Preface: I’ve have been fortunate enough stay at the Park Hyatt Tokyo several times in the past 10 and always wanted to write about the experience. I realize many articles have been written about this property, but 17 years after it opened I feel it deserves yet more coverage as its still top of its game!
The Park Hyatt Tokyo stands as a tranquil oasis situated in the heart of Tokyo’s Shinjuku business district, close to one of Tokyo’s busiest train stations Shinjuku Station where over 3 million people daily use the station and minutes away from the main shopping and restaurant area. Most recently made famous by Sofia Coppola film “Lost in Translation.”
Entering into the Parky Hyatt Tokyo enables one to escape the urban chaos and enter a world of calmness, solitude and luxury…
As a side note, the property is owned by Tokyo Gas which must be a rather visionary company to take such a bold move nearly 20 years ago to develop The Park Hyatt Tokyo since their core business is related to the gas industry. The leadership was talented enough (probably excellent taste level too boot) to hire and collaborate with iconic hotel interior designer John Morford who has been designing for the Hyatt Chain for over 25 plus years and still involved in every design detail of the Park Hyatt Tokyo.
From driving up to the hotel entrance one is greeted by exceptionally well-trained and attractive staff who anticipate your arrival. Dont miss the welcoming ceramic artwork face above the main entrance by Japanese artist Mieko Yuki.
Original artwork and installations are also used throughout the property as clues to signal that you have arrived at no ordinary hotel. You are whisked away to the elevator passing by numerous installations of metal art created by British artist Antony Donaldson of what seems to be a watch someone forgot, but more a homage to leaving your watch at the entrance to forget about time. For sure you do not want time to go fast at the Park Hyatt Tokyo!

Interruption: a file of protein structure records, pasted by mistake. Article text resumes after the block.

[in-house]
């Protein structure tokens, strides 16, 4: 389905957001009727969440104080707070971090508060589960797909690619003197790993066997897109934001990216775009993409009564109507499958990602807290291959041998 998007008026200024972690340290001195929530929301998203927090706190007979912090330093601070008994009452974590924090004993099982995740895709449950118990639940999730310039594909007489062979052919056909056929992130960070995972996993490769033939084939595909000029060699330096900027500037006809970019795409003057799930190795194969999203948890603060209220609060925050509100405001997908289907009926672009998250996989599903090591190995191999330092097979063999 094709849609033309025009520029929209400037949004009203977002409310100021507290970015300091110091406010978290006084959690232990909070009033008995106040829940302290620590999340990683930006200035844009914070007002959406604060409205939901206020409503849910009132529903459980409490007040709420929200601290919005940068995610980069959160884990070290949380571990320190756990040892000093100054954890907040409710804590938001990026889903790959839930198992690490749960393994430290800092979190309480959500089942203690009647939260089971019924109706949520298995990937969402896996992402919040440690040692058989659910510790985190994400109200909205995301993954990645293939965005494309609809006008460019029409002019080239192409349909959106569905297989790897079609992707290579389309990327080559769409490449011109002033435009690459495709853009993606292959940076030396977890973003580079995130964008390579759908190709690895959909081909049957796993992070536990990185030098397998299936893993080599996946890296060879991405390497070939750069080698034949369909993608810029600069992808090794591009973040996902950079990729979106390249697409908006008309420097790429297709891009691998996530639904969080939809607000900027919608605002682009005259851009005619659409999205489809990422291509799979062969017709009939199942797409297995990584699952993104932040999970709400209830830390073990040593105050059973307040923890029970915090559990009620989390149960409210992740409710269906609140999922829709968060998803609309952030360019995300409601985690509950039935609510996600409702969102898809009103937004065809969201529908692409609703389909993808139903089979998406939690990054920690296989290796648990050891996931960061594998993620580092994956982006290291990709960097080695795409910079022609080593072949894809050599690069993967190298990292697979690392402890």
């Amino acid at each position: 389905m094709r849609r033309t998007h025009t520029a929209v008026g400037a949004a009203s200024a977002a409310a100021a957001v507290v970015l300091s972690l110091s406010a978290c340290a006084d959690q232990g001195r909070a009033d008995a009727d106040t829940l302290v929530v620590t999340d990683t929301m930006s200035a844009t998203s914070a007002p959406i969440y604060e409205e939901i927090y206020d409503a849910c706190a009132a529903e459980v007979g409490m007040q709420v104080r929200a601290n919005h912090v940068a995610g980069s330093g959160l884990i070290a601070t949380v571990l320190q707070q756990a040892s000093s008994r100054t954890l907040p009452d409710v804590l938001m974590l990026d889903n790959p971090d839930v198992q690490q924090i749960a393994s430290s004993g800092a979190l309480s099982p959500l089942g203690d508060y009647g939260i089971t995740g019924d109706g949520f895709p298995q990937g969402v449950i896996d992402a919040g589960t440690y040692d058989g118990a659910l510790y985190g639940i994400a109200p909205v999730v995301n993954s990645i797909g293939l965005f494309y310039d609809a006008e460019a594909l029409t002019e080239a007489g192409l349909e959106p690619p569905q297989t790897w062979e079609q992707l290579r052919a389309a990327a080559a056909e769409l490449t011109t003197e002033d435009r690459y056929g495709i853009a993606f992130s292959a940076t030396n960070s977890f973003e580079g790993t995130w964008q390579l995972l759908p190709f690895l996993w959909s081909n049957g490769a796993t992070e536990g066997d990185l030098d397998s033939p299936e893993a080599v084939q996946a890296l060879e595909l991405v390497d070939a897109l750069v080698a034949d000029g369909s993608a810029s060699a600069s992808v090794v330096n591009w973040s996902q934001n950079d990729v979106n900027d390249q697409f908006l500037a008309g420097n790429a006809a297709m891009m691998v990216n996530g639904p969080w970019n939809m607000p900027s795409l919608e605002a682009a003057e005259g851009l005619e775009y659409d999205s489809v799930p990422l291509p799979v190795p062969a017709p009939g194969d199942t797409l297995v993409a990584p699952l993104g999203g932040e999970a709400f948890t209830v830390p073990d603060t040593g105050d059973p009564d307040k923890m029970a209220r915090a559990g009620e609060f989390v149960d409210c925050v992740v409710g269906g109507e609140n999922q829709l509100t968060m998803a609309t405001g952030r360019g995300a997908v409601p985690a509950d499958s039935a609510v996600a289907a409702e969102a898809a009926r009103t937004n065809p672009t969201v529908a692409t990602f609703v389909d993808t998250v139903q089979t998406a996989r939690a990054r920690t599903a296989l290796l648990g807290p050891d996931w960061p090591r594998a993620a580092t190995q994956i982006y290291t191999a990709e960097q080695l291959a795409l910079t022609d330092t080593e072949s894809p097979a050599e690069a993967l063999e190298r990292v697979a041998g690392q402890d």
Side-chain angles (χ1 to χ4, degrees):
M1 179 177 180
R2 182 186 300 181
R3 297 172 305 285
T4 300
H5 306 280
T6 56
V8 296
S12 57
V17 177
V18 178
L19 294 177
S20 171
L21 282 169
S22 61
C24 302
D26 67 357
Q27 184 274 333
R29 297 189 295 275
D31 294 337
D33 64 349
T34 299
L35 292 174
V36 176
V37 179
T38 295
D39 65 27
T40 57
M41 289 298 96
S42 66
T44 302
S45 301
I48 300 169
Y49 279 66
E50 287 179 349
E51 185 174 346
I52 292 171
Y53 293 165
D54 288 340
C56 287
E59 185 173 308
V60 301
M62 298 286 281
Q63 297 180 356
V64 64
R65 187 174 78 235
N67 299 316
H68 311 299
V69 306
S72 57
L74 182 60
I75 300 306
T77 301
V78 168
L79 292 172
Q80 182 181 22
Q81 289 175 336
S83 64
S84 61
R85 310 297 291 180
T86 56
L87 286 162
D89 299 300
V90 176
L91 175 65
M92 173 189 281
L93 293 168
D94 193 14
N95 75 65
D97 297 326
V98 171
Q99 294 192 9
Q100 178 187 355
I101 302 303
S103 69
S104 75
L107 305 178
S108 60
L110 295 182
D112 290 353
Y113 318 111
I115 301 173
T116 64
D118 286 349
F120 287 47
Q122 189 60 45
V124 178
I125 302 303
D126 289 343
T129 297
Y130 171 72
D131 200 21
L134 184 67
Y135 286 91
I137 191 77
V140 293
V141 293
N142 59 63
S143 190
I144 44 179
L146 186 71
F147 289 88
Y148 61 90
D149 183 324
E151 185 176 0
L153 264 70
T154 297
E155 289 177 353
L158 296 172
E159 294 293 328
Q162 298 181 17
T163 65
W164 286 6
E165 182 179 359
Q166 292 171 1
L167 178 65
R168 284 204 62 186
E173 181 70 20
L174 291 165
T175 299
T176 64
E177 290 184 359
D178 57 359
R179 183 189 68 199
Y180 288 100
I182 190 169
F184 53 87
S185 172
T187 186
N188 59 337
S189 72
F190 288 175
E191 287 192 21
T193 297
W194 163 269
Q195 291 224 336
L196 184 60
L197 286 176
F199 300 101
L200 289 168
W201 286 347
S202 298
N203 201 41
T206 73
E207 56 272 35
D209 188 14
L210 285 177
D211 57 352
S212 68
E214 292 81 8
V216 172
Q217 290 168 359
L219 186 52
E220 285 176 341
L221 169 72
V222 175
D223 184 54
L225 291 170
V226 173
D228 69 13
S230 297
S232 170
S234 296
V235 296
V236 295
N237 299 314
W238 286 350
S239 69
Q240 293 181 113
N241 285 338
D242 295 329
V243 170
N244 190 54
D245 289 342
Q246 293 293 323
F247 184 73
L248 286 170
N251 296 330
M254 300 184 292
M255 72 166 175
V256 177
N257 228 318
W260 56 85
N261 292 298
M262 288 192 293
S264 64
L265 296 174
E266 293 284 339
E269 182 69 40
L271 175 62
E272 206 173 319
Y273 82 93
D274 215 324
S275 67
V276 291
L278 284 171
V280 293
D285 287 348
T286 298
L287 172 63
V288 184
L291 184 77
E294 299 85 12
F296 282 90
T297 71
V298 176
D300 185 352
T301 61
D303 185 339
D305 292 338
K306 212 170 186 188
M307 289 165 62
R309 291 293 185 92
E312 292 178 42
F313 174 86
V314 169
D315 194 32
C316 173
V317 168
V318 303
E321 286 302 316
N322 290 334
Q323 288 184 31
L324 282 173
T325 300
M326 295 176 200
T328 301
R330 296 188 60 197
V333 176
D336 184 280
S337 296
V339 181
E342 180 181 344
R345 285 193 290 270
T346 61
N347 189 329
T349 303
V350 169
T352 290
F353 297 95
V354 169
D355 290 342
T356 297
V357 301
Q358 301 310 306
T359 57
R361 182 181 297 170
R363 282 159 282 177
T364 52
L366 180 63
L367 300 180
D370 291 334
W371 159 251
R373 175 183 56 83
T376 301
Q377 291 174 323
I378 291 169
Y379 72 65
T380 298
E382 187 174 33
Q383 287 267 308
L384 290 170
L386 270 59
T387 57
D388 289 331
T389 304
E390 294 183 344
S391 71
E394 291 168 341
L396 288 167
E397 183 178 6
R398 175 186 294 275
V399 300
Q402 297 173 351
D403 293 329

CLOSE TO HEAVEN
As you ascend to the 41st floor the elevator lights softly brighten setting the stage for your arrival to the Peak Lounge where soaring glass walls showcases awe inspiring views of the city below. Time to exhale and feel free as a bird! To the left off the elevator you will notice a metal bird cage with its door opened and the bird standing outside its cage – a homage to no boundaries! The lobby lounge is a perfect place for afternoon tea or evening cocktails overlooking Tokyo…
As you walk back to the main check-in area you will pass through a multiple of different yet seamlessly integrated luxury spaces from Girandole, European-style restaurant, to the Library stocking some amazing art books & art by Yoshitaka Echizenya that changes seasonally to the main check-in area that makes you feel so at home and fortunate! Each space glows in its own color palette and ambiance. If only our homes were designed designed like this!!
LUXURY ZEN-LIKE GUEST ROOMS
These are no ordinary guest rooms but a luxury refuge from the hustle and bustle of modern life. Beds are custom made by an exclusive Japanese bed maker Nihon Bed. The walls are paneled with rare water elm from Hokkaido in Northern Japan that has been submerged in lakes for thousands of years. A Yoshitaka Echizenya painting rests above the tub in each guest room. The bathrooms are spa grade with Aesop bath amenities; hard to describe in words until you submerge yourself into the bath tub!
The Club On The Park is the ultimate spa & gym and makes you feel like you are on top of the world and can achieve anything! Working out on the treadmill at sunrise is pretty special experience!
There are so many other amazing experiences at the Park Hyatt Tokyo including drinks at the NY Bar & Grill (awesome steaks!) on the 52nd floor or contemporary Japanese dinner at Kozue to name a few.
This article wouldn’t be complete if I didn’t mention the ” The Service,” as the exceptionally trained and impeccably dressed staff are passionate about making you feel like VVIP’s! One needs to experience it first hand in order to comprehend just how good it is!
Cant wait for my next stay!
(images: Takuya Suzuki)